San Andres National Wildlife Refuge
In the San Andres Mountains, San Andres National Wildlife Refuge
San Andres National Wildlife Refuge was established in 1941 in the southern San Andres Mountains. The property is completely surrounded by the White Sands Missile Range and is not open to the public. The refuge was originally established to preserve habitat needed for the preservation of desert bighorn sheep, a species on the New Mexico state threatened species list.
San Andres National Wildlife Refuge contains 57,215 acres with elevations ranging from about 4,200' to a high of 8,239' at the summit of San Andres Peak. Vegetation varies from Chihuahuan desert grasslands (sideoats, blue, hairy and black grama grasses) and creosotebush (with Apache plume, mountain mahogany, yucca, sotol, ocotillo, desert willow, algerita, cactus and century plant) in the bajadas to pinyon-pine and juniper woodlands along the upper mountain ridges and peaks. Throughout the refuge seeps, springs and seasonal stream flows provide water for lush riparian zones scattered through the mountain canyons.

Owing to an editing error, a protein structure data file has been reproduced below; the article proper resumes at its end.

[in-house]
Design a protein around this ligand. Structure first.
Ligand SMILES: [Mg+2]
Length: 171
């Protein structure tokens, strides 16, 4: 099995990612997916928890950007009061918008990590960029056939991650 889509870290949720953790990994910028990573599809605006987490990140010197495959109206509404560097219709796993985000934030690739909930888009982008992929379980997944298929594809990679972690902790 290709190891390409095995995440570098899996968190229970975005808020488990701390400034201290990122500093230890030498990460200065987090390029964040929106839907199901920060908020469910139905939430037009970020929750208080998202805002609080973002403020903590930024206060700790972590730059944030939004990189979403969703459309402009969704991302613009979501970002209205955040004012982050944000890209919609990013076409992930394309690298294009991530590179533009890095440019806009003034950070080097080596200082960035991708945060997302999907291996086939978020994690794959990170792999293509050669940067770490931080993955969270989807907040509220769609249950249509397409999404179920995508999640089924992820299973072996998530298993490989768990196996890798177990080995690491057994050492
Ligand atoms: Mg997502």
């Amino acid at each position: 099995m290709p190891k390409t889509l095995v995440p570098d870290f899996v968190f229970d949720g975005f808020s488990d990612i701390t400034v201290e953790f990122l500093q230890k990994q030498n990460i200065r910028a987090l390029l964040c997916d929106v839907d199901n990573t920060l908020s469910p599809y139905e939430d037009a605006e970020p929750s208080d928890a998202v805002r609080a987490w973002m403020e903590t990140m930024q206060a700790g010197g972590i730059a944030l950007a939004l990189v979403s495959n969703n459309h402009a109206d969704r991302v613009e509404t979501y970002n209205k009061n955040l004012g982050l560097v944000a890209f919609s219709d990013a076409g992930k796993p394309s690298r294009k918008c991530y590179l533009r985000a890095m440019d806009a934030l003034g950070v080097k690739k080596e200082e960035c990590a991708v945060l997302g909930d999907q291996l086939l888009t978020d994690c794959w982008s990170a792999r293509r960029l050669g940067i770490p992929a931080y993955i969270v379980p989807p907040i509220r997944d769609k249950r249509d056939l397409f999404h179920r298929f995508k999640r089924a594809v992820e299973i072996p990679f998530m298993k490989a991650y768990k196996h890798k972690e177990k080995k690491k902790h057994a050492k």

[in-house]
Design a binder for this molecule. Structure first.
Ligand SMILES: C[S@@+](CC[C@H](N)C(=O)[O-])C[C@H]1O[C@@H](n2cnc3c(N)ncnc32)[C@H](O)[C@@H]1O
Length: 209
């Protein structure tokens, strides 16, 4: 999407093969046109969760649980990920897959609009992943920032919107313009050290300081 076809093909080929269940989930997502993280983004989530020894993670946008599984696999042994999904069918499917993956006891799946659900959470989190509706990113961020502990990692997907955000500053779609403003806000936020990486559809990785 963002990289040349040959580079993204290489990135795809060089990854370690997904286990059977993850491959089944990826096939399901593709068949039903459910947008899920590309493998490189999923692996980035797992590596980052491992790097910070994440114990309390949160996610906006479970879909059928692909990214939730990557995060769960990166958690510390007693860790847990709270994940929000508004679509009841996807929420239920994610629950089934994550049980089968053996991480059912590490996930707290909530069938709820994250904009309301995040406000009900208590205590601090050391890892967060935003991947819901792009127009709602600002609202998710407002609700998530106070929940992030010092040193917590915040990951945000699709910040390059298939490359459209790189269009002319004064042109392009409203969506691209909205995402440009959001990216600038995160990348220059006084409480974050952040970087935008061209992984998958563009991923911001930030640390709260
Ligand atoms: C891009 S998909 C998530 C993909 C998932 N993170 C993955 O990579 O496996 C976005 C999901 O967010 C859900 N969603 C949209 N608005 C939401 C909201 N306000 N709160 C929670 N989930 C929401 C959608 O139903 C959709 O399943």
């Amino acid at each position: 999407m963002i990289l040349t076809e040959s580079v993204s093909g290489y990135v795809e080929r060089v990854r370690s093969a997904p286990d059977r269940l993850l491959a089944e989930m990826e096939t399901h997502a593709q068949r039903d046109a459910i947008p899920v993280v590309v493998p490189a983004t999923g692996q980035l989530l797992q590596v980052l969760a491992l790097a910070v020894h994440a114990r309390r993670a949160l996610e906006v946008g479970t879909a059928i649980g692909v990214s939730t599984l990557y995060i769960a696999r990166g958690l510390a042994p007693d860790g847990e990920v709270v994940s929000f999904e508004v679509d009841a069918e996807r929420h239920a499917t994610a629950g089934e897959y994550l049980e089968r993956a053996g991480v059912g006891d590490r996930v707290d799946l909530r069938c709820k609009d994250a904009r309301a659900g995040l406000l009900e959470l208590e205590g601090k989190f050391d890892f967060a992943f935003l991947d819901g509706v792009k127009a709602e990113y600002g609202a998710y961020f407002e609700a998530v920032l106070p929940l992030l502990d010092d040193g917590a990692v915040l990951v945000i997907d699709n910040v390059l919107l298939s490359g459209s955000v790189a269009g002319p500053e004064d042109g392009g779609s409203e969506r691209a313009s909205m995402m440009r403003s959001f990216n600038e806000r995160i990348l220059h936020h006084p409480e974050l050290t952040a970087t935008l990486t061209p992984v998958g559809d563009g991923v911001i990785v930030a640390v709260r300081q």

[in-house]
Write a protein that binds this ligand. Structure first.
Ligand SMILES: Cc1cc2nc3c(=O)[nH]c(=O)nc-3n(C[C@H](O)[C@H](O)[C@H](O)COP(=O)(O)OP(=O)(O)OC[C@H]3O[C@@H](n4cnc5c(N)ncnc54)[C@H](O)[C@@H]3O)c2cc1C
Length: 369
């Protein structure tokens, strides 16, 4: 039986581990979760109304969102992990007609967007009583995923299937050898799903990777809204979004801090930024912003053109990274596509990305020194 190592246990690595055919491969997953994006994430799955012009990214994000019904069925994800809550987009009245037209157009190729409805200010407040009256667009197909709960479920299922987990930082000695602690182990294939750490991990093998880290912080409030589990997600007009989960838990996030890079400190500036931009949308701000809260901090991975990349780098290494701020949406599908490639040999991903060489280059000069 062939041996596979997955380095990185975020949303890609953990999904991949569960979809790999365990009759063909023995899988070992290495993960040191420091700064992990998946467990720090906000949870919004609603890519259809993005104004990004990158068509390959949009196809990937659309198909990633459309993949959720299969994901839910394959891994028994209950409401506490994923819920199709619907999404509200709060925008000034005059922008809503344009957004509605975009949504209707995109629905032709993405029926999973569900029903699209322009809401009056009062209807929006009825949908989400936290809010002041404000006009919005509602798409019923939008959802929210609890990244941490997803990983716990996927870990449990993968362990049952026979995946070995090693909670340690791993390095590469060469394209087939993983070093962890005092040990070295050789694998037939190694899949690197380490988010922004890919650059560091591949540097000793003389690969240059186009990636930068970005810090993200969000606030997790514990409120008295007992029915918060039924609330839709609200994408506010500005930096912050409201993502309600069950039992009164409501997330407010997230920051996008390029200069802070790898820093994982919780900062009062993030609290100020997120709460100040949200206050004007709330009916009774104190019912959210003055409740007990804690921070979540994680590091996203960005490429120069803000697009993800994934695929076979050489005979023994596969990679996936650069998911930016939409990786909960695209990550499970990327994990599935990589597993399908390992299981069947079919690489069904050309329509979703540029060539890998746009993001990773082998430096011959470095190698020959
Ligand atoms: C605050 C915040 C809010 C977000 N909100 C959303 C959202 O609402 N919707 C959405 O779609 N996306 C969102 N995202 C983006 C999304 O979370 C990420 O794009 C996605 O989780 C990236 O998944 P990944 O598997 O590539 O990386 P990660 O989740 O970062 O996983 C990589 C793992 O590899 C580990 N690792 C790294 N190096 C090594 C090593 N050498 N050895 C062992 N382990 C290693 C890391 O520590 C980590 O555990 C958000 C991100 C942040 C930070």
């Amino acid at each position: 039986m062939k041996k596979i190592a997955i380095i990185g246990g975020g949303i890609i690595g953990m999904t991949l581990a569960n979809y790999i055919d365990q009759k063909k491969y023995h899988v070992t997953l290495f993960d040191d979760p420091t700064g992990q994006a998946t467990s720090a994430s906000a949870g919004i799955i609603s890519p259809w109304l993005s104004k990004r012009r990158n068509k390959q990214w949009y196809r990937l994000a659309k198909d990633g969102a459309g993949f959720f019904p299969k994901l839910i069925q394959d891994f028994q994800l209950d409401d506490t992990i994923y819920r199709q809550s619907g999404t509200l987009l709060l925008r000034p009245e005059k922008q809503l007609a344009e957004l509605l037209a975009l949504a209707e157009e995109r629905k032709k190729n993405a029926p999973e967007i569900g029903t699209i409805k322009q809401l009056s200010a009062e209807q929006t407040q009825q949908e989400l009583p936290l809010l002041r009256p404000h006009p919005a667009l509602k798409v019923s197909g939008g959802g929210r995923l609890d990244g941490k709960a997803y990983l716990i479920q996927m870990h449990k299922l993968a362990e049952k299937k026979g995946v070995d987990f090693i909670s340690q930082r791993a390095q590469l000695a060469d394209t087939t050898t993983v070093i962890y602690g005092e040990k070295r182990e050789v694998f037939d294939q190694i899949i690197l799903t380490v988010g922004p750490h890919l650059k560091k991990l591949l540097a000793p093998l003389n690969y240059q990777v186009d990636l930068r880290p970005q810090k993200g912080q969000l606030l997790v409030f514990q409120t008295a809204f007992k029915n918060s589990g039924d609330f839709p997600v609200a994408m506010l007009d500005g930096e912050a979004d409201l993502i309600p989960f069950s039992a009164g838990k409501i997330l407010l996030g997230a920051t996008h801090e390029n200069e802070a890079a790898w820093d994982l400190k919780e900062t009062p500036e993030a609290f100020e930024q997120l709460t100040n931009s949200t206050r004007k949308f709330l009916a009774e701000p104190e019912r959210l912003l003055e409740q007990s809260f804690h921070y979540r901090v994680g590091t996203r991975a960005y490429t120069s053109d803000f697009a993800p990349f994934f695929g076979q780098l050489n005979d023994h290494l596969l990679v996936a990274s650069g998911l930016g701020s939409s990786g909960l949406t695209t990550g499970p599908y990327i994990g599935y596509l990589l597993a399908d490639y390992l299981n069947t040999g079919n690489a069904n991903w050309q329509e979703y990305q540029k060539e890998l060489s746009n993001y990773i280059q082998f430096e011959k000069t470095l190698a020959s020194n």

Before World War II, this area was wide open and had a long history of lost gold mines and outlaw hideouts. Native American artifacts found on the property suggest they were here as early as 900 CE. Some stories say Apache Chief Geronimo frequented the area but there are records of Apache Chief Vittorio fighting skirmishes with the US Cavalry in these mountains. Everything changed during World War II when the land all around (2.2 million acres) was pre-empted to become the White Sands Testing Range.
Desert bighorn sheep at San Andres National Wildlife Refuge
August 27, 2010: The first time ever a black bear was seen at San Andres National Wildlife Refuge
San Andres National Wildlife Refuge area map